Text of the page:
Charles Bristow, former judge, dies at 66By SUSAN ALLEN Times Argus Editor | October 18,2007FILE / THE ASSOCIATED PRESS
Charles Bristow is shown in a 1984 photo.BARRE — Charles "Charlie" Bristow, whose remarkable career in Vermont public service included tenure as a district court judge and commissioner of Public Safety, died Tuesday. He was 66.
Bristow, who lived in Barre Town with his wife of 46 years, Claudia, had graduated with a law degree from Tulane University. He moved to Vermont in 1970 and joined the staff of then-Attorney General James Jeffords, serving as deputy attorney general for Vermont.
Then-Gov. Thomas Salmon tapped Bristow to serve as district court judge in the mid-1970s, and in that role he focused on streamlining Vermont's judiciary.
In 1981, then-Attorney General John Easton chose Bristow to serve as his deputy, a post Bristow held briefly before being chosen by the late Gov. Richard Snelling that year to head the Public Safety Department, overseeing Vermont State Police.
Bristow also taught at Vermont Law School, Vermont College and Norwich University and became a professor at the New England School of Law in Boston.
For a decade until his retirement four years ago, Bristow worked at the Vermont Legislative Council, helping lawmakers craft legislation. He focused on judiciary issues.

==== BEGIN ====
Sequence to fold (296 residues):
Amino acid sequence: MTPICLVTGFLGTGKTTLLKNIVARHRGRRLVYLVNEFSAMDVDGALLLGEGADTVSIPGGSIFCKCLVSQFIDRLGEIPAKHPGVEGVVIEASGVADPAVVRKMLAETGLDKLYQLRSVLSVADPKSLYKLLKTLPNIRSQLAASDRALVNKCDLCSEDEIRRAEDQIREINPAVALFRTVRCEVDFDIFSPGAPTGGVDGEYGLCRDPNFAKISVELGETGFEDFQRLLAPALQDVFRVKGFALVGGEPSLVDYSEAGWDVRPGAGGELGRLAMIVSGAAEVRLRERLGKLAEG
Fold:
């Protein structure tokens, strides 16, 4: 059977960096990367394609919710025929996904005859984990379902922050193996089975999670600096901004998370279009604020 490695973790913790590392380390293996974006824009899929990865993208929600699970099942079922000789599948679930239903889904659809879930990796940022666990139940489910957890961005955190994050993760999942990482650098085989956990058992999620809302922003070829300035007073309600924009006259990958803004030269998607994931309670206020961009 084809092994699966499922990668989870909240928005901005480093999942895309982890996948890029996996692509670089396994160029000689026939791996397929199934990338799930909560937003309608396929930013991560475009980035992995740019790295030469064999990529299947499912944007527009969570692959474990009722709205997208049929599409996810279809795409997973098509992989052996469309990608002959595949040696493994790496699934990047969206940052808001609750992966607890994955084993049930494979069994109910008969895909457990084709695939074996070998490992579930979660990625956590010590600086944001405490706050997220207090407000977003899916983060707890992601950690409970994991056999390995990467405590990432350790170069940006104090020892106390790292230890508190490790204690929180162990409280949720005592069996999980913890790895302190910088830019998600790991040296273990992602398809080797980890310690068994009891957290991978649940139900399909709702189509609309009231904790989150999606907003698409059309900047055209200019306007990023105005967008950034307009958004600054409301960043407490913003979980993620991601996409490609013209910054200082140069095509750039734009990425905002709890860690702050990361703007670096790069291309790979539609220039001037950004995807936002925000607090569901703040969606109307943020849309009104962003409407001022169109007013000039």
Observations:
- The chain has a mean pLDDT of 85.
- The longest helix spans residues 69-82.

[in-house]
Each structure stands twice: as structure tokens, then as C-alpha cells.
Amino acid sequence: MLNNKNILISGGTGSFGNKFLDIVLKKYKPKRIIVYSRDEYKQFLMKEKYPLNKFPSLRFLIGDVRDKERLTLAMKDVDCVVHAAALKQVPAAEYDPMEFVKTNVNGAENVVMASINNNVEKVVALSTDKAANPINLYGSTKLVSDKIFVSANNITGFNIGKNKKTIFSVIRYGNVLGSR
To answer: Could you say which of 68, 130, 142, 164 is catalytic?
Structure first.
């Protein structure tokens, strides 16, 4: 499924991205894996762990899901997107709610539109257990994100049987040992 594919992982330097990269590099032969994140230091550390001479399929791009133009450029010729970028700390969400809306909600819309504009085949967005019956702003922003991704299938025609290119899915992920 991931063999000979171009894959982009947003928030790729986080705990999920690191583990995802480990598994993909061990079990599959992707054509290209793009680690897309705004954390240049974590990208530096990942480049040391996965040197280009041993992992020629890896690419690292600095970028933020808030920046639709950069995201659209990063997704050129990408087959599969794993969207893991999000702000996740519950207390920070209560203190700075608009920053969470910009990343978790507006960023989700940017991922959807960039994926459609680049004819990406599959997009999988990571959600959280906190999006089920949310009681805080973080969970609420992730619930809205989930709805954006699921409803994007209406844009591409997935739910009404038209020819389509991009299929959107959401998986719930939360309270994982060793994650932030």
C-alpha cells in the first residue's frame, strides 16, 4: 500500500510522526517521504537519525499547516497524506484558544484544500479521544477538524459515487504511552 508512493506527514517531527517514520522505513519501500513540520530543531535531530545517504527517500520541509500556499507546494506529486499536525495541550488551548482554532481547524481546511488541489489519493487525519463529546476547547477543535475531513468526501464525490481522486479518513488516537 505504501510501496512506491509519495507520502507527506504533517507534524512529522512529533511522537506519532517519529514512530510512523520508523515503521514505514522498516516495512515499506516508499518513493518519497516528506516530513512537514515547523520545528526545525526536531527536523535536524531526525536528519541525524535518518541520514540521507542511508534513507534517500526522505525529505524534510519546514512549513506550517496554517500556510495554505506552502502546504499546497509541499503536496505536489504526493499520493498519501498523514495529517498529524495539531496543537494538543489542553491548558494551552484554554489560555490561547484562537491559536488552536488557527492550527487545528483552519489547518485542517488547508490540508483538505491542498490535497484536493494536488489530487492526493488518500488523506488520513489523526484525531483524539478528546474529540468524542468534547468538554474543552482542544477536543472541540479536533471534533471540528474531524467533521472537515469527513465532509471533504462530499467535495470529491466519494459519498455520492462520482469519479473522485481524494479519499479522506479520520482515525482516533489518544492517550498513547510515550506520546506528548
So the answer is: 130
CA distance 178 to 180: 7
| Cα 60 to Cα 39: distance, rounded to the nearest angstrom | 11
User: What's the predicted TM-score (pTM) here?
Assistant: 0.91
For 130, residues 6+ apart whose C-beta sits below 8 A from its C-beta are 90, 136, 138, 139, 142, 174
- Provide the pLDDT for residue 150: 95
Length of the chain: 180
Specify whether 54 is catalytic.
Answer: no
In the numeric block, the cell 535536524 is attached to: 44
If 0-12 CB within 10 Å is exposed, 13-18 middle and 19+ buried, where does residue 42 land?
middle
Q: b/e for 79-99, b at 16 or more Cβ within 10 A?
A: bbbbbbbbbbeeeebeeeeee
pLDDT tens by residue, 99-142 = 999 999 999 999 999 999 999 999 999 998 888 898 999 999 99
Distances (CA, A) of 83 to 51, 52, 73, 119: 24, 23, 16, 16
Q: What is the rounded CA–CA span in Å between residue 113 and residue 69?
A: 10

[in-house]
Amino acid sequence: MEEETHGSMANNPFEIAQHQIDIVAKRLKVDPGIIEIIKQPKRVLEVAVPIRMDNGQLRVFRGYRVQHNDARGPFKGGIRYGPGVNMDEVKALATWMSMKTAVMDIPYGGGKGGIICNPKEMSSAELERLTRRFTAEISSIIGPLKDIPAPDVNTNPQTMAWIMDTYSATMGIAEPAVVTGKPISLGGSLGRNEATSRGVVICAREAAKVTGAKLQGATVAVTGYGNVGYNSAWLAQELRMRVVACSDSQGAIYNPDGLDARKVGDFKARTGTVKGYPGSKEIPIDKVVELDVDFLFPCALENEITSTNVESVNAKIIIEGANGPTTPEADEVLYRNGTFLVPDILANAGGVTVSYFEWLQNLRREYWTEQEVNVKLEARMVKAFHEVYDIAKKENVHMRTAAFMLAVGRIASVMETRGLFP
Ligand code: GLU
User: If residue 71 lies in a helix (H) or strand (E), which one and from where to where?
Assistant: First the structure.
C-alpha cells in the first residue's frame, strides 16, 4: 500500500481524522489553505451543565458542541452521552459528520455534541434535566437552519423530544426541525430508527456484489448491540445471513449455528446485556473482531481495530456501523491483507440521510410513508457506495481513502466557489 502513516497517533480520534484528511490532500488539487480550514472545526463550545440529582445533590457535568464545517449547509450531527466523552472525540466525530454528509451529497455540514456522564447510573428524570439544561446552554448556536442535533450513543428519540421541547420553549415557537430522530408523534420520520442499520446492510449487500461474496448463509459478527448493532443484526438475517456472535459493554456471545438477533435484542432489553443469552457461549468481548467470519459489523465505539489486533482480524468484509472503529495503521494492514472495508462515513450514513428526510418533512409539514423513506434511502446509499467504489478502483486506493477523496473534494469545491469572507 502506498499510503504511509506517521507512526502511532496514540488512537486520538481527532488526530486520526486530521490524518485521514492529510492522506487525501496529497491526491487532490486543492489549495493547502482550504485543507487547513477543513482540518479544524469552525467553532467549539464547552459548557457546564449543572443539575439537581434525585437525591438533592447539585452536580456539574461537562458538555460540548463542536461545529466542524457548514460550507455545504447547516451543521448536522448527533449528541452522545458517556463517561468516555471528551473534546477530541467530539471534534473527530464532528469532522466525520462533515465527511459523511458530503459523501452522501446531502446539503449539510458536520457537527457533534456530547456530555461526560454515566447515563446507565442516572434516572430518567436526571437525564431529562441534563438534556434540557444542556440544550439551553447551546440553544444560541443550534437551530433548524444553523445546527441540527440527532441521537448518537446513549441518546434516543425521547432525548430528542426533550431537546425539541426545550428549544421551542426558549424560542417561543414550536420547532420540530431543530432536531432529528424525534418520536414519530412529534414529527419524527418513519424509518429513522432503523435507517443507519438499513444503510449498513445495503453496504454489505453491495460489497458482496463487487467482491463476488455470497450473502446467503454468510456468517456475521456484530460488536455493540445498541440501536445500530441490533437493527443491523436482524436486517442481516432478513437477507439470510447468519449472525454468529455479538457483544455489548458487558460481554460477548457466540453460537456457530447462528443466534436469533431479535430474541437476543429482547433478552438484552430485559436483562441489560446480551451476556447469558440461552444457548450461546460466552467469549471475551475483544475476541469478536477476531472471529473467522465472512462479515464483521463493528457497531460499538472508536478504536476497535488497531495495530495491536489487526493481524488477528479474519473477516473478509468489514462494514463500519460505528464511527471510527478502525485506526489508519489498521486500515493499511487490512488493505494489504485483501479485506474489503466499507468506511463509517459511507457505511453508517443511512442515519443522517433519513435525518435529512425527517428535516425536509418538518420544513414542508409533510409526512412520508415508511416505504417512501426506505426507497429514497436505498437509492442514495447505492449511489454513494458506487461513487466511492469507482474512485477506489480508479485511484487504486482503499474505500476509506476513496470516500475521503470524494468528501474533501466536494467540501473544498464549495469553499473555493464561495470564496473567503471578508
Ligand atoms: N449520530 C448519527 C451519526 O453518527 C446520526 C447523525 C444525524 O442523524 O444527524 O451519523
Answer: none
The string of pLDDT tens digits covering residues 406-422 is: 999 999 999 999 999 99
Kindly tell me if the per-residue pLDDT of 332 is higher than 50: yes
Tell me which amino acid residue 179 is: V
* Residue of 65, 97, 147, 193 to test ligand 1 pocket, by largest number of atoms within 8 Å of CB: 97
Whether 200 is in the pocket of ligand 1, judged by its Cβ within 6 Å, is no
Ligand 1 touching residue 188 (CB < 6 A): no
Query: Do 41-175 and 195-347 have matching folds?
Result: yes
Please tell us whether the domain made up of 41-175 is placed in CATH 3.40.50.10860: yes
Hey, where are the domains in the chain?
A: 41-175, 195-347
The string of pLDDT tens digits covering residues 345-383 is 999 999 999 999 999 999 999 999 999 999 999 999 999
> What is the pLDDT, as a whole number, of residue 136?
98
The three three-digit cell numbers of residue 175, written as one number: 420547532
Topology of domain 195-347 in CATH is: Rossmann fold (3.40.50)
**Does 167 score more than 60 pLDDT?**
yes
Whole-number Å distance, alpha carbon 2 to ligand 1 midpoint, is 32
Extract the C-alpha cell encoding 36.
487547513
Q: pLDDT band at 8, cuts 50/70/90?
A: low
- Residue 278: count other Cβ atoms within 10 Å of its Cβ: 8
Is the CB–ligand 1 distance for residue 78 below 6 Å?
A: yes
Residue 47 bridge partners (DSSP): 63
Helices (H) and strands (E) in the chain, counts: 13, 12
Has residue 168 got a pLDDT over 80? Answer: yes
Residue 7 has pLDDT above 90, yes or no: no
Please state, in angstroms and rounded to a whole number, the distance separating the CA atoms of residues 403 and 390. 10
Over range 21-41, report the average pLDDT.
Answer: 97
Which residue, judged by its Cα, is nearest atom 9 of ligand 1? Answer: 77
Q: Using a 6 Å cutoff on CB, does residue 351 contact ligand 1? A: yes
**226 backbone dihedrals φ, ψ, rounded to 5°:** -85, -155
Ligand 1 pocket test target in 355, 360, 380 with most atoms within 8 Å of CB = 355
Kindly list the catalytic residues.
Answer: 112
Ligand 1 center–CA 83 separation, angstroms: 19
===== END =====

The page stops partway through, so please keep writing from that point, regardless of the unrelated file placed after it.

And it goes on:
News of his death, while expected, left friends and coworkers saddened.
"I always think about the Readers Digest that had 'the most unforgettable character you ever met' article, and that would be Charlie for me," said Sen. Richard Sears, D-Bennington, chairman of the Senate Judiciary Committee. Bristow staffed Sears' committee during his tenure at the Legislative Council and helped the panel write and pass juvenile justice laws.
Sears outlined Bristow's extensive history in state government, adding with a touch of awe, "Just his unique life experiences were so great — and there he was helping me to write laws."
William Russell, chief counsel at the Legislative Council, said of Bristow, "He was just excellent. He had the ability to get along with everybody. He was everybody's mentor. He brought in desserts for the operations staff that he cooked himself."
Bristow and his wife had worked together — although on different issues — at the council for several years until their mutual retirement.
Bristow passed away at the Woodridge Nursing Home in Berlin. Calling hours will be at Barber and Lanier Funeral home from 4 to 6 p.m. Friday.MORE IN Vermont NewsJames Jeffords called it his “first vivid memory.” It was just before Christmas 1939. Full Story
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